Humidity for pothos

Additionally, there are a few other considerations to keep in mind when training your pothos to climb. One crucial factor is the humidity levels in the place you are keeping the plant. Pothos plants prefer higher humidity levels, so if the room you are keeping it in is particularly dry, you need to consider adding additional moisture to the pothos. One such way of doing this is to place a tray of water near the plant to evaporate, mist the plant or use a humidifier.

Pothos plants are also toxic to pets if ingested, so keep this in mind when training them up a support structure. Cats, in particular, like to get adventurous, so try to keep them out of reach of any pets. If you can’t, then it’s best to get a non-toxic plant instead.

One other factor to consider is the size of the plant. If the pothos is already quite large, then it might be difficult to train it to climb. If so, then it would be best to prune back some of the growth to encourage new manageable growth, which can then be trained to climb. If you haven’t bought your pothos yet, though, consider this when looking for one.

Pothos climbing on tree

Overall, training a pothos to climb up a support structure is quite a simple and enjoyable process that most people can do. It adds a lot of character to a room, helping to liven it up. With a bit of care and patience, your pothos will grow into a stunning climbing plant which is able to lighten up any room with its appearance.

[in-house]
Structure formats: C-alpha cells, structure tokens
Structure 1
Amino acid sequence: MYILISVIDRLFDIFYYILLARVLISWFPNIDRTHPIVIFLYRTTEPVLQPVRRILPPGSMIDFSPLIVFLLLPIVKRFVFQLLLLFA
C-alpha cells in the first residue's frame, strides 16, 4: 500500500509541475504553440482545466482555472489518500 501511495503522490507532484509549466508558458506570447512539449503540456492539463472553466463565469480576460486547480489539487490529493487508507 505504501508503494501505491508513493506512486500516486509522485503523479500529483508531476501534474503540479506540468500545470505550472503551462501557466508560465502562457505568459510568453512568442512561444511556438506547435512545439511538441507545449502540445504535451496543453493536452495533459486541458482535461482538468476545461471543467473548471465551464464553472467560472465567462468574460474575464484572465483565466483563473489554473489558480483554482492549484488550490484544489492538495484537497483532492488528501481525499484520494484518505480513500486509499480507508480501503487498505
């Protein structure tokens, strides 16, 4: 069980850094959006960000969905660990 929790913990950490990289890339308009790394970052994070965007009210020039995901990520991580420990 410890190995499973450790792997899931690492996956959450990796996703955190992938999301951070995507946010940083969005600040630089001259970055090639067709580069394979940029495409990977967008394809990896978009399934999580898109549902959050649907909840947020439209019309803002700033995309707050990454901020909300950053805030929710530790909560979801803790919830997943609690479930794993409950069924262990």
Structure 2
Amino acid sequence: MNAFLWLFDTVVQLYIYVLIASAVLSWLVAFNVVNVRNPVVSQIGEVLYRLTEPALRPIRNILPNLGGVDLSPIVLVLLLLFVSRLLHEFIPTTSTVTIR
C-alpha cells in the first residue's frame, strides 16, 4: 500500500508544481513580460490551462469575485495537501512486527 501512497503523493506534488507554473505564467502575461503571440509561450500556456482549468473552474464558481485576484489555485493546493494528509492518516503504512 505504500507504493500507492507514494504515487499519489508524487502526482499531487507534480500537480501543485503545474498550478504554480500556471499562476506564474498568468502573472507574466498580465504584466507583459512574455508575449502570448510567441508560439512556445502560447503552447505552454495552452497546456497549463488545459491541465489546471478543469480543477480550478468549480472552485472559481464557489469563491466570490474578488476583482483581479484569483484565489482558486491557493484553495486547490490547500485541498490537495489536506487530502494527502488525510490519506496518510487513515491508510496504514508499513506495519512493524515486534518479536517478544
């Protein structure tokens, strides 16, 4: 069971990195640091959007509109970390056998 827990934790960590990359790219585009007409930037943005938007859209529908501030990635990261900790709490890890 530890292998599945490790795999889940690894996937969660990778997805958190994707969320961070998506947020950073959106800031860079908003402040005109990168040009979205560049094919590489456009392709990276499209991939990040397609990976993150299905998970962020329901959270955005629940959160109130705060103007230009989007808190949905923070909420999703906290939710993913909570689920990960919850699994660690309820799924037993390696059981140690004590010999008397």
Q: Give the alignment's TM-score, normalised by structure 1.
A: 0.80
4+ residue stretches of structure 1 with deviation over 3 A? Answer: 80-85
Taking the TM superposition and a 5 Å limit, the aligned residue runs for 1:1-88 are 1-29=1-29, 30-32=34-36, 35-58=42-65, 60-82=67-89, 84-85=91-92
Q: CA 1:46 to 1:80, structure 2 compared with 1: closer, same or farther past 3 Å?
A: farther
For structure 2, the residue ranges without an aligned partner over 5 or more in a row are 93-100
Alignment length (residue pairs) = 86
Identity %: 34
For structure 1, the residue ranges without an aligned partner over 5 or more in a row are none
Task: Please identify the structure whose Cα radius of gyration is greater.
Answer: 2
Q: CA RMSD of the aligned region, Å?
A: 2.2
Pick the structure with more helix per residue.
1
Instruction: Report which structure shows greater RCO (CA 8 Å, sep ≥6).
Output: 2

Frequently Asked Questions (FAQ)

Why is my pothos not climbing?

If your pothos doesn’t seem to want to climb, it may be that there is a lack of light in the area that you want it to climb towards. If you’re growing pothos in a particularly dark room or corner, it’s likely not to grow well. Instead, try to get more light to reach that particular spot you’re growing it in by moving a few things around or, alternatively, moving to a completely different room. Hanging grow lights are usually a good option, but this might not be a good idea for most beginners.

When should you repot a pothos?

As a general rule of thumb, most houseplants can typically be repotted around every two to three years, depending on their size. When repotting your plants, you should make sure that you increase the pot size each time to make sure that the roots have sufficient space to grow into. When the plant’s root system has completely filled the pot, this is typically a good indicator that you should repot the plant. You can check this by simply sliding the plant out of the pot or checking the drainage holes at the bottom – if there are roots coming out, it’s likely that they don’t have much more space to grow into.

What kind of pots do pothos like?

Pots with drainage holes are an essential for pothos. Pothos plants don’t like to sit in wet soil, as their roots will rot. For the best growth, I would recommend planting pothos in a general well-draining potting mix to ensure adequate drainage. If you buy a pothos and the pot has no drainage holes, then it might be worth considering watering it less frequently or reducing the amount of water you give it until you can repot it at a safe time into a pot with drainage holes.

How big do pothos plants get?

In the wild, pothos plants are able to grow up to 60 feet (18 meters) when climbing up trees. When kept in outdoor climates that aren’t tropical, they can typically grow to around 20 feet (6 meters). Indoors, they are able to grow to around 10 feet.